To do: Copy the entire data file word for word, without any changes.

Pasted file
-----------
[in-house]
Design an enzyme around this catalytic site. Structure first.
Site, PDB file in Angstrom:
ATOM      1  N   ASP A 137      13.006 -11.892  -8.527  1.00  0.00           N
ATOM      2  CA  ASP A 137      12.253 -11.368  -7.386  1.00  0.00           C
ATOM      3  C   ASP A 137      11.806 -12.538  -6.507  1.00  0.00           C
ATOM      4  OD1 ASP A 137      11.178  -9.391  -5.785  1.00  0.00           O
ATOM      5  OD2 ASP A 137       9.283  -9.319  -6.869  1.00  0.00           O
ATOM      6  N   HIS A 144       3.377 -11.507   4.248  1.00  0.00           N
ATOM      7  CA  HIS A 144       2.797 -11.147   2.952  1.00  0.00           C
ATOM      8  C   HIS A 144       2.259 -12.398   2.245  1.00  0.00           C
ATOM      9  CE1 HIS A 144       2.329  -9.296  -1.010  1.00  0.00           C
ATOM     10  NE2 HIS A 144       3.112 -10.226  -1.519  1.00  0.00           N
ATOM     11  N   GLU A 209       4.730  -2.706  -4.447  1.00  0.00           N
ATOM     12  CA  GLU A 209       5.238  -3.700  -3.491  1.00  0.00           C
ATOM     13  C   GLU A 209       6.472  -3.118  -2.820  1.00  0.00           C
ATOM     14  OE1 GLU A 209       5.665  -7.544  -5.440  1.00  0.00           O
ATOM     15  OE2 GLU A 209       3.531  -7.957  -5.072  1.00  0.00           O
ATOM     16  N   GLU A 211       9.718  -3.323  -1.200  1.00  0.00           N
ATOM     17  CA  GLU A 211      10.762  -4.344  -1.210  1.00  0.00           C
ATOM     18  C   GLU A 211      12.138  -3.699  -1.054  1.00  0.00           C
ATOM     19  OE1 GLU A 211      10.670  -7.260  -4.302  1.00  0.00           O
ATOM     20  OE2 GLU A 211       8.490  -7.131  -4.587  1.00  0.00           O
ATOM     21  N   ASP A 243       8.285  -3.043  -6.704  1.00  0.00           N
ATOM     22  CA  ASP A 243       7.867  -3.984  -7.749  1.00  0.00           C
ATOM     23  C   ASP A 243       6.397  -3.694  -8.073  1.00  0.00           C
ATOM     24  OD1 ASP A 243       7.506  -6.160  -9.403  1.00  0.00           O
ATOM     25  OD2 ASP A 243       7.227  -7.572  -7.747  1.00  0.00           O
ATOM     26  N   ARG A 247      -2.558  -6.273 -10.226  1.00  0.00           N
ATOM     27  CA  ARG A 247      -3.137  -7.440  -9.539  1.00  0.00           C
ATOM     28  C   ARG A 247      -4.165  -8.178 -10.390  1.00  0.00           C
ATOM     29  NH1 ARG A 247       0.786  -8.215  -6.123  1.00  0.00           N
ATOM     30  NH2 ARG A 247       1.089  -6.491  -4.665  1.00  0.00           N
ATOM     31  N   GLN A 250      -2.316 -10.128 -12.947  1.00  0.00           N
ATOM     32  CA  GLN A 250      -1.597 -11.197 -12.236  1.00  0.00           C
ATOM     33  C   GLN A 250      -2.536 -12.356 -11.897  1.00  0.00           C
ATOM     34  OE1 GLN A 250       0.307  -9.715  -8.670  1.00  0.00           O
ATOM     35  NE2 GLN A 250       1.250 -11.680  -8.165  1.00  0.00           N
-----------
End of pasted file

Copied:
[in-house]
Design an enzyme around this catalytic site. Structure first.
Site, PDB file in Angstrom:
ATOM      1  N   ASP A 137      13.006 -11.892  -8.527  1.00  0.00           N
ATOM      2  CA  ASP A 137      12.253 -11.368  -7.386  1.00  0.00           C
ATOM      3  C   ASP A 137      11.806 -12.538  -6.507  1.00  0.00           C
ATOM      4  OD1 ASP A 137      11.178  -9.391  -5.785  1.00  0.00           O
ATOM      5  OD2 ASP A 137       9.283  -9.319  -6.869  1.00  0.00           O
ATOM      6  N   HIS A 144       3.377 -11.507   4.248  1.00  0.00           N
ATOM      7  CA  HIS A 144       2.797 -11.147   2.952  1.00  0.00           C
ATOM      8  C   HIS A 144       2.259 -12.398   2.245  1.00  0.00           C
ATOM      9  CE1 HIS A 144       2.329  -9.296  -1.010  1.00  0.00           C
ATOM     10  NE2 HIS A 144       3.112 -10.226  -1.519  1.00  0.00           N
ATOM     11  N   GLU A 209       4.730  -2.706  -4.447  1.00  0.00           N
ATOM     12  CA  GLU A 209       5.238  -3.700  -3.491  1.00  0.00           C
ATOM     13  C   GLU A 209       6.472  -3.118  -2.820  1.00  0.00           C
ATOM     14  OE1 GLU A 209       5.665  -7.544  -5.440  1.00  0.00           O
ATOM     15  OE2 GLU A 209       3.531  -7.957  -5.072  1.00  0.00           O
ATOM     16  N   GLU A 211       9.718  -3.323  -1.200  1.00  0.00           N
ATOM     17  CA  GLU A 211      10.762  -4.344  -1.210  1.00  0.00           C
ATOM     18  C   GLU A 211      12.138  -3.699  -1.054  1.00  0.00           C
ATOM     19  OE1 GLU A 211      10.670  -7.260  -4.302  1.00  0.00           O
ATOM     20  OE2 GLU A 211       8.490  -7.131  -4.587  1.00  0.00           O
ATOM     21  N   ASP A 243       8.285  -3.043  -6.704  1.00  0.00           N
ATOM     22  CA  ASP A 243       7.867  -3.984  -7.749  1.00  0.00           C
ATOM     23  C   ASP A 243       6.397  -3.694  -8.073  1.00  0.00           C
ATOM     24  OD1 ASP A 243       7.506  -6.160  -9.403  1.00  0.00           O
ATOM     25  OD2 ASP A 243       7.227  -7.572  -7.747  1.00  0.00           O
ATOM     26  N   ARG A 247      -2.558  -6.273 -10.226  1.00  0.00           N
ATOM     27  CA  ARG A 247      -3.137  -7.440  -9.539  1.00  0.00           C
ATOM     28  C   ARG A 247      -4.165  -8.178 -10.390  1.00  0.00           C
ATOM     29  NH1 ARG A 247       0.786  -8.215  -6.123  1.00  0.00           N
ATOM     30  NH2 ARG A 247       1.089  -6.491  -4.665  1.00  0.00           N
ATOM     31  N   GLN A 250      -2.316 -10.128 -12.947  1.00  0.00           N
ATOM     32  CA  GLN A 250      -1.597 -11.197 -12.236  1.00  0.00           C
ATOM     33  C   GLN A 250      -2.536 -12.356 -11.897  1.00  0.00           C
ATOM     34  OE1 GLN A 250       0.307  -9.715  -8.670  1.00  0.00           O
ATOM     35  NE2 GLN A 250       1.250 -11.680  -8.165  1.00  0.00           N